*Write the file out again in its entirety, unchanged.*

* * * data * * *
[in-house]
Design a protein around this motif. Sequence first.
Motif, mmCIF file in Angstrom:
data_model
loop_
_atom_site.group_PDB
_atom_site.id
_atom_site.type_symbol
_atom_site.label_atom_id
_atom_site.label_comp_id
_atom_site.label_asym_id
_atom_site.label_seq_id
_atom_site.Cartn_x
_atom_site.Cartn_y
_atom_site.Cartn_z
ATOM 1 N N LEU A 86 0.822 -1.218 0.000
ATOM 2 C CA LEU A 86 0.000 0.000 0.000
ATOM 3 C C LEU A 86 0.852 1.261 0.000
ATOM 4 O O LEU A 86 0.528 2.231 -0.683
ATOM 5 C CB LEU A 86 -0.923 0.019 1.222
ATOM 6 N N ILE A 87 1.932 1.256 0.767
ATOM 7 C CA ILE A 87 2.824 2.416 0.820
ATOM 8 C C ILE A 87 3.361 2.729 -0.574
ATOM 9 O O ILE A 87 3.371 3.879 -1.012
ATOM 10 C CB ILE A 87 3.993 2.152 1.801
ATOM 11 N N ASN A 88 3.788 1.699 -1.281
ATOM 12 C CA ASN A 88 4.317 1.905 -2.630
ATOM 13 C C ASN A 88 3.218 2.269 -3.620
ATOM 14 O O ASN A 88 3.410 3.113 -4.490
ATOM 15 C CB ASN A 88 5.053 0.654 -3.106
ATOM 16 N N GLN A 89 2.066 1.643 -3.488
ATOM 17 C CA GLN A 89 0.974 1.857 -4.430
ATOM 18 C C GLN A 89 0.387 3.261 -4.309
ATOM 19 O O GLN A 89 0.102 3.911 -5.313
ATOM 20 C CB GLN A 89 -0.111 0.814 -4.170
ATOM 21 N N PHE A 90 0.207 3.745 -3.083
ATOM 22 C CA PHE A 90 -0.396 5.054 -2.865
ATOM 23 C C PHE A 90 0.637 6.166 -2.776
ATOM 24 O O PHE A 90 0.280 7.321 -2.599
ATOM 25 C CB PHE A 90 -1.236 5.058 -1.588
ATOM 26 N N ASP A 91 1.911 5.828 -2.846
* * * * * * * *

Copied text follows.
[in-house]
Design a protein around this motif. Sequence first.
Motif, mmCIF file in Angstrom:
data_model
loop_
_atom_site.group_PDB
_atom_site.id
_atom_site.type_symbol
_atom_site.label_atom_id
_atom_site.label_comp_id
_atom_site.label_asym_id
_atom_site.label_seq_id
_atom_site.Cartn_x
_atom_site.Cartn_y
_atom_site.Cartn_z
ATOM 1 N N LEU A 86 0.822 -1.218 0.000
ATOM 2 C CA LEU A 86 0.000 0.000 0.000
ATOM 3 C C LEU A 86 0.852 1.261 0.000
ATOM 4 O O LEU A 86 0.528 2.231 -0.683
ATOM 5 C CB LEU A 86 -0.923 0.019 1.222
ATOM 6 N N ILE A 87 1.932 1.256 0.767
ATOM 7 C CA ILE A 87 2.824 2.416 0.820
ATOM 8 C C ILE A 87 3.361 2.729 -0.574
ATOM 9 O O ILE A 87 3.371 3.879 -1.012
ATOM 10 C CB ILE A 87 3.993 2.152 1.801
ATOM 11 N N ASN A 88 3.788 1.699 -1.281
ATOM 12 C CA ASN A 88 4.317 1.905 -2.630
ATOM 13 C C ASN A 88 3.218 2.269 -3.620
ATOM 14 O O ASN A 88 3.410 3.113 -4.490
ATOM 15 C CB ASN A 88 5.053 0.654 -3.106
ATOM 16 N N GLN A 89 2.066 1.643 -3.488
ATOM 17 C CA GLN A 89 0.974 1.857 -4.430
ATOM 18 C C GLN A 89 0.387 3.261 -4.309
ATOM 19 O O GLN A 89 0.102 3.911 -5.313
ATOM 20 C CB GLN A 89 -0.111 0.814 -4.170
ATOM 21 N N PHE A 90 0.207 3.745 -3.083
ATOM 22 C CA PHE A 90 -0.396 5.054 -2.865
ATOM 23 C C PHE A 90 0.637 6.166 -2.776
ATOM 24 O O PHE A 90 0.280 7.321 -2.599
ATOM 25 C CB PHE A 90 -1.236 5.058 -1.588
ATOM 26 N N ASP A 91 1.911 5.828 -2.846